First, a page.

The Application was also supported by the logic of the superseded ASIC Policy Statement 98 (even if procedures laid down in that policy statement have not been followed precisely). That policy statement addressed the way in which lost and abandoned shareholdings were to be dealt with in determining compliance with a test similar to the Head Count Test in the former provisions in the Corporations Law relating to compulsory acquisition of shares following a takeover bid.
The evidence concerning lost and abandoned shareholdings provided by the Applicants and PICA supported an inference that more than half of the non-associated shareholders (after taking into account the aggregation relief granted by ASIC) who are aware of the bid have accepted it.
The information supporting this finding was not provided to ASIC by the Applicants when they made their original application. However, the Panel has decided that the grant of the relief requested by the Applicants on this basis was nevertheless appropriate. In particular, the Panel is of the view that if the Head Count Test is used as the basis for the ASIC Condition, then it is appropriate to exclude lost and abandoned shareholdings and to aggregate any instances of share splitting when calculating compliance with that condition.
The market integrity principle
ASIC submitted that the Joint Bid had proceeded for too long on the basis of the inclusion of the Bid Condition, and that the Bid Condition was non-waivable, for it to be changed now. For that reason, changing either of these aspects of the Joint Bid would adversely impact on an efficient, competitive and informed market for PICA shares.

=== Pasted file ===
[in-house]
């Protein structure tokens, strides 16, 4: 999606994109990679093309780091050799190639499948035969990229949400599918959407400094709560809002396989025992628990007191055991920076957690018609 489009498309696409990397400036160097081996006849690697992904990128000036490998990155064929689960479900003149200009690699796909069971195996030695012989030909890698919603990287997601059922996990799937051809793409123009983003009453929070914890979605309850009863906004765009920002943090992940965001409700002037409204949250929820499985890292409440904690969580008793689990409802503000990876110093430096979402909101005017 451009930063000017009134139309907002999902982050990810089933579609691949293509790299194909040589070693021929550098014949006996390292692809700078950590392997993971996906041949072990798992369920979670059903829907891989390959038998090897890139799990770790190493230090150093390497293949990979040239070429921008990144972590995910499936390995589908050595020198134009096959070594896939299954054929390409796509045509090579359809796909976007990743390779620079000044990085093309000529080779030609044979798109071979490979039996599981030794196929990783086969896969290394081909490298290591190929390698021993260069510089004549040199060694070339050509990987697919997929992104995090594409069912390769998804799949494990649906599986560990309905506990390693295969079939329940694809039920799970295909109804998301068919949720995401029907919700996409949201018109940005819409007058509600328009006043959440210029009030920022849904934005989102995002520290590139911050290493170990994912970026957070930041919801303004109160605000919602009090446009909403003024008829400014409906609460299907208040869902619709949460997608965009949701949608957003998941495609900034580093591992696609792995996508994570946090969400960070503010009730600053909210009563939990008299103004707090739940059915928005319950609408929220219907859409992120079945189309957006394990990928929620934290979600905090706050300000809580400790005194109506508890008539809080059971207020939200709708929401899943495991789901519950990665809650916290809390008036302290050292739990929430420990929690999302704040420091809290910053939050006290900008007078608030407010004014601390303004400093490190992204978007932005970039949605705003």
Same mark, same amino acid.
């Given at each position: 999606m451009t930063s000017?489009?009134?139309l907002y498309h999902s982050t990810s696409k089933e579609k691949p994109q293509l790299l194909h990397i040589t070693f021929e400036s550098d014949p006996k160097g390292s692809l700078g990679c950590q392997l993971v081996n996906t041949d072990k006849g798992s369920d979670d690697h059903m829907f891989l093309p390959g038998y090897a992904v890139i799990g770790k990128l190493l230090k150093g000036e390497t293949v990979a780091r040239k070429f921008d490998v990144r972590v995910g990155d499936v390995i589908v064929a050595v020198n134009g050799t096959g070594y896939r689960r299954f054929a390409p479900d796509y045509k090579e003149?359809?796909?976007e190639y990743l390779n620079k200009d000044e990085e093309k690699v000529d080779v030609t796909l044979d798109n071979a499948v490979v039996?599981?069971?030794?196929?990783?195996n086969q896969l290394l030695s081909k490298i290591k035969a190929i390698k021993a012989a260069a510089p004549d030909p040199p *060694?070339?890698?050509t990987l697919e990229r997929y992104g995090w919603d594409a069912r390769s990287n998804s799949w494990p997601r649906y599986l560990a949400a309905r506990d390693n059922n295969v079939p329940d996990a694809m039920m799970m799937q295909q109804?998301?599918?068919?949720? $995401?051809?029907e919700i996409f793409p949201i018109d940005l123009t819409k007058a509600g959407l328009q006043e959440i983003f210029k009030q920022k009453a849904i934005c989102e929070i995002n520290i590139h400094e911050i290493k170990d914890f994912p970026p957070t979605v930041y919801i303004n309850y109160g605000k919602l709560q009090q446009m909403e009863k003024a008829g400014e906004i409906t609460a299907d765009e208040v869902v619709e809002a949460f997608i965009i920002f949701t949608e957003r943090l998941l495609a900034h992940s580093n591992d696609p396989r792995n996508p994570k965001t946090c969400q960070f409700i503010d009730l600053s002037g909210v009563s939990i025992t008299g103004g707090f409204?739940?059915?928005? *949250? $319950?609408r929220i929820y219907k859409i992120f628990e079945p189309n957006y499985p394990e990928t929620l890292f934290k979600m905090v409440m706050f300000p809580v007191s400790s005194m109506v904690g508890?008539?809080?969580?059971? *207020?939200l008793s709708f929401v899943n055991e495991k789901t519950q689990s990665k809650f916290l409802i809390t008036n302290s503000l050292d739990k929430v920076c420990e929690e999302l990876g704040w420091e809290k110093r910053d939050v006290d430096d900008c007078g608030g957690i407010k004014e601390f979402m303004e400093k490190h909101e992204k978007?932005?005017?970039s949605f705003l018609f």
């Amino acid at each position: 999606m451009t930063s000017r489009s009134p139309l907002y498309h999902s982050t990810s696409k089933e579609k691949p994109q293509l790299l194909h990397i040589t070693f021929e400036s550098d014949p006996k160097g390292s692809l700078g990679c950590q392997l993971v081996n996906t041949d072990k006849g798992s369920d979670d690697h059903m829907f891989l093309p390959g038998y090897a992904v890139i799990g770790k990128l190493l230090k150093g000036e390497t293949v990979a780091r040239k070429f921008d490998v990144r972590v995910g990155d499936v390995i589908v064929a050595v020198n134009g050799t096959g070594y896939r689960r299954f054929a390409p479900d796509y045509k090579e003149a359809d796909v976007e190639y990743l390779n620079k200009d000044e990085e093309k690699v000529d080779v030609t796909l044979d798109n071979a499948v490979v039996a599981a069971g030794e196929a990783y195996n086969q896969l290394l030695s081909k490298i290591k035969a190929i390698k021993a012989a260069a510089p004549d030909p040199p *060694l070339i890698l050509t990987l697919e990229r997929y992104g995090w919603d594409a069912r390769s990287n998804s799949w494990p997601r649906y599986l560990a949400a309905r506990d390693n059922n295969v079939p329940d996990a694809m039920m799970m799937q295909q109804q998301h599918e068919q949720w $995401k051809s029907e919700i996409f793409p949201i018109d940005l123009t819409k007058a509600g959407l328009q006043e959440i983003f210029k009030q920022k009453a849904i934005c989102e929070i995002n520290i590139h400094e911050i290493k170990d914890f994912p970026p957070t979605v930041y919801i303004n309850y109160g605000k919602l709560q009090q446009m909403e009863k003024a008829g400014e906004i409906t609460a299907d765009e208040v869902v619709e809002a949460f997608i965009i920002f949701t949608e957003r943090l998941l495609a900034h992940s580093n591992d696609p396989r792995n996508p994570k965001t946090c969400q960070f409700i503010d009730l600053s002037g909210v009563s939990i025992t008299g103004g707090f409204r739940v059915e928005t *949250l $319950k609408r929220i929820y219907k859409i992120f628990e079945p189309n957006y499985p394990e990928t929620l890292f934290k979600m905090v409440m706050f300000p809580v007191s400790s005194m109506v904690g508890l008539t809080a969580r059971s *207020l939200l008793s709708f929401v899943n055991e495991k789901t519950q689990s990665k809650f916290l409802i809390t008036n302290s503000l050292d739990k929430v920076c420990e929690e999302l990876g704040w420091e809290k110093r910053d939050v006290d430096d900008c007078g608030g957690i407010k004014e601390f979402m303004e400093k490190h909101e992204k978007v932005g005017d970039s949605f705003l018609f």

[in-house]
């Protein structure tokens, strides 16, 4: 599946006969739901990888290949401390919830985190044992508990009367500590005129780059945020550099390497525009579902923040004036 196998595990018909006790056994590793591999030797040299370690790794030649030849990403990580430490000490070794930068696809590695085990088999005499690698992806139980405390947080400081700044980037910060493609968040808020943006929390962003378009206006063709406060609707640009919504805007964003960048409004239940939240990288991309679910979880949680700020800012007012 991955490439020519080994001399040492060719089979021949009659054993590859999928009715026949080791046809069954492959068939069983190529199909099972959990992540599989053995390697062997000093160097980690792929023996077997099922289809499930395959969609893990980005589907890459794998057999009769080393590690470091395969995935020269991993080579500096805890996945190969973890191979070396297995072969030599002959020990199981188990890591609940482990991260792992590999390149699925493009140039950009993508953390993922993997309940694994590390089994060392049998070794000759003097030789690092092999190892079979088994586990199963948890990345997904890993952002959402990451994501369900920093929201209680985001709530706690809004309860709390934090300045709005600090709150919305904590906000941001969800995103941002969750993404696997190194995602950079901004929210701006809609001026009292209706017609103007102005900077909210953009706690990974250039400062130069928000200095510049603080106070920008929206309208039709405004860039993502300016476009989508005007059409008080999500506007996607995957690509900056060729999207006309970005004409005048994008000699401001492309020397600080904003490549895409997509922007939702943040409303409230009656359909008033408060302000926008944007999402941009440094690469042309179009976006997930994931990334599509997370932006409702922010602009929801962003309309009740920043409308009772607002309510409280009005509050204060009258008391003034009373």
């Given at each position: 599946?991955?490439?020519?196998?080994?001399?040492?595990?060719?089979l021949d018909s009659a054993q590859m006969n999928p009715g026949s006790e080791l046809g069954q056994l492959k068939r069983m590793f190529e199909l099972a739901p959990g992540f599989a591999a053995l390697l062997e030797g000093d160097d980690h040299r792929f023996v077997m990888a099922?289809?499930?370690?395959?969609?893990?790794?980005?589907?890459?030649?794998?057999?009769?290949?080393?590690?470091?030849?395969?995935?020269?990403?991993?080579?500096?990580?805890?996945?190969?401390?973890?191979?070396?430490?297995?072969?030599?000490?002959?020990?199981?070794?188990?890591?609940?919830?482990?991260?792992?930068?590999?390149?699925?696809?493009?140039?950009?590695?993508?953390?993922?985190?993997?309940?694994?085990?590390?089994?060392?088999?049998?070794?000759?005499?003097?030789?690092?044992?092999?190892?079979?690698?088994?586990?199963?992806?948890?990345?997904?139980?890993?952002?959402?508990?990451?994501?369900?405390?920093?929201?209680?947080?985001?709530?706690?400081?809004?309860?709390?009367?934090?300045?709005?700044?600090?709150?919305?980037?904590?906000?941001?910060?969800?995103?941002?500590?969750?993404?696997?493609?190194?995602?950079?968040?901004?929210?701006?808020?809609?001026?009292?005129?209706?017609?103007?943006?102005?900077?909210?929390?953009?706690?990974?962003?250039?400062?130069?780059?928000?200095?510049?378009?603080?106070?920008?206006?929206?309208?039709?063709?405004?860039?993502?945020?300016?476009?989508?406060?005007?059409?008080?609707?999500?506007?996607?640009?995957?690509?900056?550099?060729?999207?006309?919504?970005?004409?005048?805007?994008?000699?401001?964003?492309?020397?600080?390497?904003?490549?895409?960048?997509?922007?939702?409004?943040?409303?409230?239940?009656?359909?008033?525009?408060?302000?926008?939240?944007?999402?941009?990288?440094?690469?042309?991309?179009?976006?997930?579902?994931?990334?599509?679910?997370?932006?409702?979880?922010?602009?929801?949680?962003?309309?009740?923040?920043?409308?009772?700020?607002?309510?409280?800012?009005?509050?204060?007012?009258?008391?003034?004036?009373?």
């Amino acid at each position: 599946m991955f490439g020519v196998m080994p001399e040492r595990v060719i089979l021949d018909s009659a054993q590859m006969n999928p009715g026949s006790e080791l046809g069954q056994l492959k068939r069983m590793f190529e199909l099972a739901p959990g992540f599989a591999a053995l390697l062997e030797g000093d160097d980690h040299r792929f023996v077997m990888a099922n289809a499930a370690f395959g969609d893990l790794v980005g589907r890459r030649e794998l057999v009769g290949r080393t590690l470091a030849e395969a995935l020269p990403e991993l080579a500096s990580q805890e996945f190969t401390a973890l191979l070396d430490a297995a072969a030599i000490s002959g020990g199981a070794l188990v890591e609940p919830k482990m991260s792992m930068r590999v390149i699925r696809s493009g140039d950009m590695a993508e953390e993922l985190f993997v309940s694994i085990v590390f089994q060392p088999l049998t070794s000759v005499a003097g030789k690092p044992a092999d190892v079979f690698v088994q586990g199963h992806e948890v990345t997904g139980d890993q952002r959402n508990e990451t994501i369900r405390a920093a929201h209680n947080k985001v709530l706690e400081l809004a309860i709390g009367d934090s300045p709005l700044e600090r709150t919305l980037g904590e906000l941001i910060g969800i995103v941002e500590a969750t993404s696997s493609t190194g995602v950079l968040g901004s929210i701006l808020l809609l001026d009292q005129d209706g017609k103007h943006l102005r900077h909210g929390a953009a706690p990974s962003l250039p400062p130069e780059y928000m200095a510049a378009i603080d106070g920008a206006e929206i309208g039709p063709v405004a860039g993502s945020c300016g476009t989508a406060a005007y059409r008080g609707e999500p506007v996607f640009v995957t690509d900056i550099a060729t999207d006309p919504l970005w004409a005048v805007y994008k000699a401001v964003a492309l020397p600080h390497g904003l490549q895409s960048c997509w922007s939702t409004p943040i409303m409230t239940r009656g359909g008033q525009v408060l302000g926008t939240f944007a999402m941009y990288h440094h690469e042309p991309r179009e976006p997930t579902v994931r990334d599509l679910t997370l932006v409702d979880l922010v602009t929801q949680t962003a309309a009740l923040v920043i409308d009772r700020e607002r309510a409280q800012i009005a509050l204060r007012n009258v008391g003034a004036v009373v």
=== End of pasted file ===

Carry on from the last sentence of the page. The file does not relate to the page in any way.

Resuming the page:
However, the Panel is of the view that the 'market integrity' principle is not offended by its decision to allow the Joint Bid to be declared free of the Bid Condition. The application of that policy to the Bid Condition arose solely because of ASIC's own requirement that the Bid Condition be included in the Joint Bid and that it not be able to be waived, and was not said to be based on any statement of independent intention on the part of the Applicants. The Panel considers that the Bid Condition and its non-waivable nature was an expression of ASIC's policy and would be understood by the market to be capable of change according to the dictates of proper policy. Consequently, the Bid Condition always was one which could be amended or omitted with ASIC's consent, should policy require. The Panel considers that both ASIC and the market should have recognised this.
No evidence was provided to the Panel that any shareholder acted to their detriment in reliance on the non-waivability of the Bid Condition being immutable.
Relief granted by the Panel
As the grant of relief can be supported on the basis of either of the alternatives referred to above, the Panel considers that it makes little difference whether the relief takes the form of allowing the bidder to replace the Bid Condition with a condition which is already satisfied, or simply removes the ASIC Condition from the Current Relief.
In the circumstances, the Panel has decided to set aside the ASIC decision which is the subject of the Application. The Panel proposes to vary the Current Relief to omit the ASIC Condition which will allow the Applicants to announce that the bid is free of its defeating conditions. On the basis of the information provided to the Panel it understands that if the Joint Bid becomes free of all defeating conditions then FIA will be able to proceed to compulsory acquisition of the remaining shares in PICA.
The decision will have no effect on any rights people may have in damages under section 670A or 1041H, because of the Applicants' conduct in relation to the condition.
The sitting Panel comprised Andrew Knox (sitting President), Karen Wood (deputy President) and Elizabeth Alexander.
The sitting Panel will post its reasons for decision on the Panel's website when they have been finalized.
Director, Takeovers Panel
Level 47 Nauru House,
80 Collins Street, Melbourne VIC 3000
Ph: +61 3 9655 3553 Fax: +61 3 9655 3511